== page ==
Even though my children have a far reaching array of ages, one being 12 and the other 28 and one who lives in heaven and from what I have heard they have birthdays there too. So as you can imagine I am at the age most parents are seeing their last kid move on. Cindy I am not sure if it is an empty nester thing that can bring new venture in your life it may be just an opportunity to grow after many years of doing the same thing and wanting to find new ways to explore gifts that have been buried and now ready to bloom.
Joanna Jenkins August 31, 2011 at 10:25 PM
I feel the same way about the start of school and I don't have any kids! But it's a time when the weather cools and hobbies move ahead of bbqs and summer fun. For, it's a trip to the fabric store and a chance to dust off my sewing/quilting projects. Terrific article, Cindy. jj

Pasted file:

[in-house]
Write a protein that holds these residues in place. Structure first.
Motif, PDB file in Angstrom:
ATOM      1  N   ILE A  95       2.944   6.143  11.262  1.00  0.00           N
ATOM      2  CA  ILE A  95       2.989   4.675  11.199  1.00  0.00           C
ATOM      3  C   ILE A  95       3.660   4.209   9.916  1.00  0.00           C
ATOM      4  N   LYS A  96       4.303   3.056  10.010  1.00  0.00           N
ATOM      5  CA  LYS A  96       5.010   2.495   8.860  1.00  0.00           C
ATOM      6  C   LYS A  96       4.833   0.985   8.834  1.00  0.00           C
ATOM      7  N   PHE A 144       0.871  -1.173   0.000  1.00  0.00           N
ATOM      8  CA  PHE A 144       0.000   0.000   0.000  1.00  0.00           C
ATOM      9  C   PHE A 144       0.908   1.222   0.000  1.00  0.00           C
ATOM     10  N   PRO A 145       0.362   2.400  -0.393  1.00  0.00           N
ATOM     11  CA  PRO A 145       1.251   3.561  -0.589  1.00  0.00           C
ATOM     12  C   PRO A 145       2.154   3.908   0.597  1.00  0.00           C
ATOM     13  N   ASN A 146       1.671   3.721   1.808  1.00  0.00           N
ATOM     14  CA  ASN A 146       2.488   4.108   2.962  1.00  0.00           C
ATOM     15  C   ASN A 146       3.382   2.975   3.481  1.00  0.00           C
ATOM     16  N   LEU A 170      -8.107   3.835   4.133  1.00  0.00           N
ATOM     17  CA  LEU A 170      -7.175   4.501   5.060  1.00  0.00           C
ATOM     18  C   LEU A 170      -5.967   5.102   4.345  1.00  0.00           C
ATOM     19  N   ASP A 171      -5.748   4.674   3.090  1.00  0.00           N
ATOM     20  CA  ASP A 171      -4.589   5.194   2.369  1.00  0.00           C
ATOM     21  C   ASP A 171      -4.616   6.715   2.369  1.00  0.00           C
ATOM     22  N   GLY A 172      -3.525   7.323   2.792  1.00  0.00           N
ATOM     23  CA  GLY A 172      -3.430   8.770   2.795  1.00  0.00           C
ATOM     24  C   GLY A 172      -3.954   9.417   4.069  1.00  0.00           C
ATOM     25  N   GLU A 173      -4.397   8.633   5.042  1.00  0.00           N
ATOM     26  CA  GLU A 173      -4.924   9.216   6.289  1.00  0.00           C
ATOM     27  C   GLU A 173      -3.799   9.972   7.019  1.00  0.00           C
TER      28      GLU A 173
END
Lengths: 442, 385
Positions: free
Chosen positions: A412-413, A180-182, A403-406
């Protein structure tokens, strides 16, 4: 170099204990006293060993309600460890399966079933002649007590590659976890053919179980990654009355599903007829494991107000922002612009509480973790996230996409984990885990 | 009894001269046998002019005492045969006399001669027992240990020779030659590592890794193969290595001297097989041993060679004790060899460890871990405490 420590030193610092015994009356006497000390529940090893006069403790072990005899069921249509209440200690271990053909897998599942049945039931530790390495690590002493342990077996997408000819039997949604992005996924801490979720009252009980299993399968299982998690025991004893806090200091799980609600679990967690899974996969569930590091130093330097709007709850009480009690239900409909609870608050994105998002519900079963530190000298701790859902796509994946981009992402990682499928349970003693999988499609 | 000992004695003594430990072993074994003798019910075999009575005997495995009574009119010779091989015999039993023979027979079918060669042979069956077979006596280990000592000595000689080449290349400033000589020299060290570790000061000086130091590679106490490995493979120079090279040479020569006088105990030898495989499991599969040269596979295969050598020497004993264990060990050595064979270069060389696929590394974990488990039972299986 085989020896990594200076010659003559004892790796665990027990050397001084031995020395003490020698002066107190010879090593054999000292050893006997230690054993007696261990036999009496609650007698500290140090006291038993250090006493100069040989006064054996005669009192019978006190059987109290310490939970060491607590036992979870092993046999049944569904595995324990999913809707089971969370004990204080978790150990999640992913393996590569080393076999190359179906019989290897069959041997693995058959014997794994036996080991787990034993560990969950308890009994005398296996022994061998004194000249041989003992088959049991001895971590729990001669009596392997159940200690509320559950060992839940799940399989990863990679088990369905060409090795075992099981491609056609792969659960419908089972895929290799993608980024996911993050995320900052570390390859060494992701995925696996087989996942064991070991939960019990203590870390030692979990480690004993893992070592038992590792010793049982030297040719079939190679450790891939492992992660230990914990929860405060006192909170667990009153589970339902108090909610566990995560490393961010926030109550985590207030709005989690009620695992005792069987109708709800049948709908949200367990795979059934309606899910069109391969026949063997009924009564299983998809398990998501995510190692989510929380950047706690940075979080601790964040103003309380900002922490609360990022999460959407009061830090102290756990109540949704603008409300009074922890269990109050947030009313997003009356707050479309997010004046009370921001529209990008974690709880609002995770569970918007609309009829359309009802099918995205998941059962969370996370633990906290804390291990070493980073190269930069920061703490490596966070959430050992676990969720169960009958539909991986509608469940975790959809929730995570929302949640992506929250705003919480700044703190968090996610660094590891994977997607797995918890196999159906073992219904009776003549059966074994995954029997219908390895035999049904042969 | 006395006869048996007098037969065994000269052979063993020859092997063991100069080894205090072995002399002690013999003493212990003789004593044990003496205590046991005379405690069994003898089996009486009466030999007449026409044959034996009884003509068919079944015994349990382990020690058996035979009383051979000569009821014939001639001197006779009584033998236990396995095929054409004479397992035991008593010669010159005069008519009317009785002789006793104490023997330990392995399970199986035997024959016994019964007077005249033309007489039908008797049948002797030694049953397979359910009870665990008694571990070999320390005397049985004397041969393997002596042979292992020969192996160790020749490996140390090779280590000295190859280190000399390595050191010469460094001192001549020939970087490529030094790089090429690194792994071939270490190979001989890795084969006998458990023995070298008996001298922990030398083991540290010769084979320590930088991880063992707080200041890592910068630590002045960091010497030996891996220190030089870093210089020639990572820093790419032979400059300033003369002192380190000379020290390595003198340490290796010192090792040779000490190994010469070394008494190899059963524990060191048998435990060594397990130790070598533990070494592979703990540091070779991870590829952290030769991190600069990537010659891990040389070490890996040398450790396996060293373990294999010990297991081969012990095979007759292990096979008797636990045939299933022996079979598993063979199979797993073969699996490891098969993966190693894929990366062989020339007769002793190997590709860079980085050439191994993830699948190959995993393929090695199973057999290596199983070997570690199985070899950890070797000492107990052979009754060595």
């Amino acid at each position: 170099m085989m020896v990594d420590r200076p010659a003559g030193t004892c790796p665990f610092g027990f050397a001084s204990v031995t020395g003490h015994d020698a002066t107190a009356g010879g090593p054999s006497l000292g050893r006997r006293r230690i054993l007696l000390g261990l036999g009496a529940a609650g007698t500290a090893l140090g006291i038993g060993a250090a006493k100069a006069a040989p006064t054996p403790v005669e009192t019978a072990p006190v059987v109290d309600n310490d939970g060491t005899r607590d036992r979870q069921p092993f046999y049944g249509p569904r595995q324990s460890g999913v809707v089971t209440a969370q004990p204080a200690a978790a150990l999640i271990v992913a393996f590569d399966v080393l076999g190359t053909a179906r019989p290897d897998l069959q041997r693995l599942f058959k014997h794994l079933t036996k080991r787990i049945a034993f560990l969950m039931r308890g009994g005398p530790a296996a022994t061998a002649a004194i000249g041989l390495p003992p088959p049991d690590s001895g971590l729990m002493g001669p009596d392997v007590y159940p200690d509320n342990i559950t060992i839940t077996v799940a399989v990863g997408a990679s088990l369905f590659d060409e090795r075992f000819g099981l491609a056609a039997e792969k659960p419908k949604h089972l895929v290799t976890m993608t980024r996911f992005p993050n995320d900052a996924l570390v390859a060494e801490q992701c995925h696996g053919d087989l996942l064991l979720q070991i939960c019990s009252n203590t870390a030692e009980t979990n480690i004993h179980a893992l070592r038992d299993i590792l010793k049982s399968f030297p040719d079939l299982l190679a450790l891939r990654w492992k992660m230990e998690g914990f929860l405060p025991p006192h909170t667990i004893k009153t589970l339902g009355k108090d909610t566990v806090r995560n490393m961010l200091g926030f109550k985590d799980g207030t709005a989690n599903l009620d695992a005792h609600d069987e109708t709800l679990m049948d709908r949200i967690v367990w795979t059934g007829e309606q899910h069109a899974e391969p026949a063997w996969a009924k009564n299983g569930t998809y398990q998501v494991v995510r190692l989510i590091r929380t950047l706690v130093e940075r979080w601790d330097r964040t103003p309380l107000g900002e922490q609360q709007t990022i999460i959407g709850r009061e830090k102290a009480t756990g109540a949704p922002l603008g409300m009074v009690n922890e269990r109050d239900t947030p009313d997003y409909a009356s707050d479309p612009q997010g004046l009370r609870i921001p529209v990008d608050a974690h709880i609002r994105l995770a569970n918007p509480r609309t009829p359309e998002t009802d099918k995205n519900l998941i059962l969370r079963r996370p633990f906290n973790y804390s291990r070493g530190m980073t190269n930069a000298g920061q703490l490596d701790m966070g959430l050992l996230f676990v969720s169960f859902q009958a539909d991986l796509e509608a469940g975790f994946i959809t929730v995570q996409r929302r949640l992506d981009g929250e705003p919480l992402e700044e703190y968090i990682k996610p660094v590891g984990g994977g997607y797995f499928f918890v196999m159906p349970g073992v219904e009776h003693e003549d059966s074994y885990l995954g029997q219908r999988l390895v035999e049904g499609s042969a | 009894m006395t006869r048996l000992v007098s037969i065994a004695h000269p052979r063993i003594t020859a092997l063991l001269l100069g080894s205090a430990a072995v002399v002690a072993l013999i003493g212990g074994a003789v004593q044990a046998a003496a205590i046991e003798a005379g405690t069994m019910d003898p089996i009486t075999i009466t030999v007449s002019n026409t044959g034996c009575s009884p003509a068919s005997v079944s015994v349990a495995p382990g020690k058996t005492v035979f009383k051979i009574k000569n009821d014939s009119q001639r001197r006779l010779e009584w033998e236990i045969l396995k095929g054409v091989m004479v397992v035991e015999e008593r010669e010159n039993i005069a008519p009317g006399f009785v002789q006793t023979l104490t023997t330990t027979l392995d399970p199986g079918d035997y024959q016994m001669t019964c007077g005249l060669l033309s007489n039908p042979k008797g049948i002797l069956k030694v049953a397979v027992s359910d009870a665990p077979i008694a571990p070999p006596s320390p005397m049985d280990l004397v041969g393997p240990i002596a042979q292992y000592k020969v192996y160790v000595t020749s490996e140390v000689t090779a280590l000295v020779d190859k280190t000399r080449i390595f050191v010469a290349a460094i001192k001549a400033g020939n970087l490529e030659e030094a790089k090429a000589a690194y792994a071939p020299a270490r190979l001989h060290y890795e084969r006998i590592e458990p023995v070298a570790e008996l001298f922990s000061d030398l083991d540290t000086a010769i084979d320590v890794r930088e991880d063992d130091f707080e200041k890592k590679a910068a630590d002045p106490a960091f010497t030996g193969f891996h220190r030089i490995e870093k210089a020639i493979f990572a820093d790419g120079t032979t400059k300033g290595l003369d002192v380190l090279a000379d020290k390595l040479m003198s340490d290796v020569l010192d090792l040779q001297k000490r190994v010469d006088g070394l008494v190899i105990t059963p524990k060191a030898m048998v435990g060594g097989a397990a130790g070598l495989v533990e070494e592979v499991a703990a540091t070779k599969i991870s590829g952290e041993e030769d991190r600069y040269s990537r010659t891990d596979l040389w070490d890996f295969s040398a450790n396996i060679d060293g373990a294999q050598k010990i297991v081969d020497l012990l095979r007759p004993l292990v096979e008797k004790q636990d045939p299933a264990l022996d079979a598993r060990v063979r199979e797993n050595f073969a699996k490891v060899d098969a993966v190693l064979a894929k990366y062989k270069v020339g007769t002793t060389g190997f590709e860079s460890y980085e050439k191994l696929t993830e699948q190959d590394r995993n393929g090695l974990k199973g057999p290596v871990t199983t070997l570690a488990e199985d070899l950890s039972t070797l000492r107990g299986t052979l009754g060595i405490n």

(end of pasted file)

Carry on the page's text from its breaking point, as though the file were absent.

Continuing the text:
Cindy Hampel September 01, 2011 at 12:33 AM
I was wondering what inspired you to start your beautiful mixed media art! This time of year does inspire me to try new things, too. Thanks for a touching column, Cindy.
Jane Gassner September 03, 2011 at 05:35 PM
Cindy, Thanks for sending me this link --oh, wait, i bet I can subscribe to all your Patch columns! Never sent a kid off to school, so never had that empty nest, but I totally relate to the art supplies. I have a room full of them and I too love that space that happens when I'm working on a project.
Carla Temple November 10, 2012 at 11:40 PM
Hey Nin~theia . . . I'm just reading "facebook" stuff and somehow landed on this article of yours . I can so see you shopping for the pens and markers. That would be me as well. I LOVE that aisle at Office Max :D Great story. You're such a good writer ~ and friend. xox